Investment income – VAT treatment

The acquisition or disposal of shares and other securities by a charity is not a business activity for VAT purposes.

Therefore, any VAT incurred in relation to that activity cannot be recovered. In National Society for the Prevention of Cruelty to Children (NSPCC) [1992] (LON/92/602X) the Tribunal held that the charity’s investment activities, though substantial, did not amount to a business activity because the charity was not predominantly concerned with those supplies. See also the Wellcome Trust case as well as HMRC Manual VCHAR3900 on share dealing by charities.

Investment income is usually a non-business activity; but following the decision in Church of England Children’s Society v Customs and Excise Commissioners [2005] EWHC 1692 (Ch) (29 July 2005) [see also the section on Input Tax Recovery] HMRC announced that charities are able to reclaim some VAT on investment management fees to the extent that the income was used to support their taxable business activities.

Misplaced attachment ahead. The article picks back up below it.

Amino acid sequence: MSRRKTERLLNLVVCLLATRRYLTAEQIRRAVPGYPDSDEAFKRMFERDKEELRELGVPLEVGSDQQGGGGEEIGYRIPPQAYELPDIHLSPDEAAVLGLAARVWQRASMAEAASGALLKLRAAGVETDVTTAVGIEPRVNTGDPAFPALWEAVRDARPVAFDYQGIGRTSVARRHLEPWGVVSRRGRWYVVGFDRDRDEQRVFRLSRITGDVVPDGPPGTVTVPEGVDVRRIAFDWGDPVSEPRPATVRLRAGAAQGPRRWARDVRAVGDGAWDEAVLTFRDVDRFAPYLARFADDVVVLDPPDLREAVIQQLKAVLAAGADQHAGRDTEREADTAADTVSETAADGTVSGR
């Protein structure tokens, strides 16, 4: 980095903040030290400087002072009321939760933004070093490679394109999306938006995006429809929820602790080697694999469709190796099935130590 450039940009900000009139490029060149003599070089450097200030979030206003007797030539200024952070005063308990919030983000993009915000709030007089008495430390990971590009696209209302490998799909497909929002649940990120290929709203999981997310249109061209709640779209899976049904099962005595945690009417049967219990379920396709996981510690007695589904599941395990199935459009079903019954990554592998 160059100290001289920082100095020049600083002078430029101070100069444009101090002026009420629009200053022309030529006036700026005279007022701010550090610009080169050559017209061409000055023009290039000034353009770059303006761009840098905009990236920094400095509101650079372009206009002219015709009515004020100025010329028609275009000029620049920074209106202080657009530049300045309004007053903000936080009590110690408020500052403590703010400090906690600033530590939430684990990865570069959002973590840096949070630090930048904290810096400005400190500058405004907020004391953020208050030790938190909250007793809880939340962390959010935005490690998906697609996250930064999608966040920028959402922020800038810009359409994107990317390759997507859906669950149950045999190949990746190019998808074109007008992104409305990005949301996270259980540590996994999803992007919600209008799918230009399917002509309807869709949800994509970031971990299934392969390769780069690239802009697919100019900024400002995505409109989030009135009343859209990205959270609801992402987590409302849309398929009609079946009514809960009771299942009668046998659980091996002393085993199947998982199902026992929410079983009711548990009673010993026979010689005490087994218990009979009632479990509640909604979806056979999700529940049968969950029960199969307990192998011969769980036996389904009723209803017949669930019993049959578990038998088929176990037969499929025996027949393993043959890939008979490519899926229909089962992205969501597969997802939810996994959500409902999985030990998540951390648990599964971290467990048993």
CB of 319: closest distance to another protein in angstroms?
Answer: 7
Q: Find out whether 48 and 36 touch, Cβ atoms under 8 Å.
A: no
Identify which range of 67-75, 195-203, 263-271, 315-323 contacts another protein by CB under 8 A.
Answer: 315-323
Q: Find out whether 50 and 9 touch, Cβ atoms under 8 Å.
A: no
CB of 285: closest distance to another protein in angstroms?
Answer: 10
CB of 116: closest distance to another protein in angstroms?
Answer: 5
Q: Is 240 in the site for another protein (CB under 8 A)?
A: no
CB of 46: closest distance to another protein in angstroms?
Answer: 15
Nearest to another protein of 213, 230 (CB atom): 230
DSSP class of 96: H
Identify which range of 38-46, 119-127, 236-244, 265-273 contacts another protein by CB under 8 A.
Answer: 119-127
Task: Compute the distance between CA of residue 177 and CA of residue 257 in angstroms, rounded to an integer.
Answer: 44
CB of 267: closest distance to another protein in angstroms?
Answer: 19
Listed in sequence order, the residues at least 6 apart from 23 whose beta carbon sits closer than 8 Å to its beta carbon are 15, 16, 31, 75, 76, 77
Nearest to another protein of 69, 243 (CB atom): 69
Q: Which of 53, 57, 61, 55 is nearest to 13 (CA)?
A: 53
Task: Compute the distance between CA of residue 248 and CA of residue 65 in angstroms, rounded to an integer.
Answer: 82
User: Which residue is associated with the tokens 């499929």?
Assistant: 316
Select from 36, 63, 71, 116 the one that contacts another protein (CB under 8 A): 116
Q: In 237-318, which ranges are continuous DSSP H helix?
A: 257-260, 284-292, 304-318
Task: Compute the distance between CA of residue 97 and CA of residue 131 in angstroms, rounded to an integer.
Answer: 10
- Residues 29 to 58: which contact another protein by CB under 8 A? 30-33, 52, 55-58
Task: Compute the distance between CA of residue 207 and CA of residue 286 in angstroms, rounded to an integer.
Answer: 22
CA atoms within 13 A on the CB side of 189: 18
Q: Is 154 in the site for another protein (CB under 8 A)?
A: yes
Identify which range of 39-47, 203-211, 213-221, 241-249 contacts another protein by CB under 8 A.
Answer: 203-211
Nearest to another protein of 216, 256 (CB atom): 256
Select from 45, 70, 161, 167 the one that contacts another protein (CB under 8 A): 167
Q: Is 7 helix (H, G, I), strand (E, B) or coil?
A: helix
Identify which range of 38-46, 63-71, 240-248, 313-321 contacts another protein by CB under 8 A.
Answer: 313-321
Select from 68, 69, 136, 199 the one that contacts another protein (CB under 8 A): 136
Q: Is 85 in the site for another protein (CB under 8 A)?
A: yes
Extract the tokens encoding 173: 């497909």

The Upper Tribunal upheld the First tier Tribunal’s decision that the University of Cambridge (HMRC v University of Cambridge (2015) UKUT 0304 TCC)) was entitled to recover certain VAT incurred on the investment management fees that it incurs. These costs relate to the management of the significant endowment fund, made up primarily of donations and other gifts. Because the income from the endowment fund was distributed across the University in support of all of its activities (which include VAT exempt education as well as taxable supplies of research, academic publishing and consultancy services), the VAT on these costs could be treated as an overhead of the entire activities that were being carried out. HMRC has appealed this decision to the Court of Appeal with the case due to be heard in January/February 2017.

 

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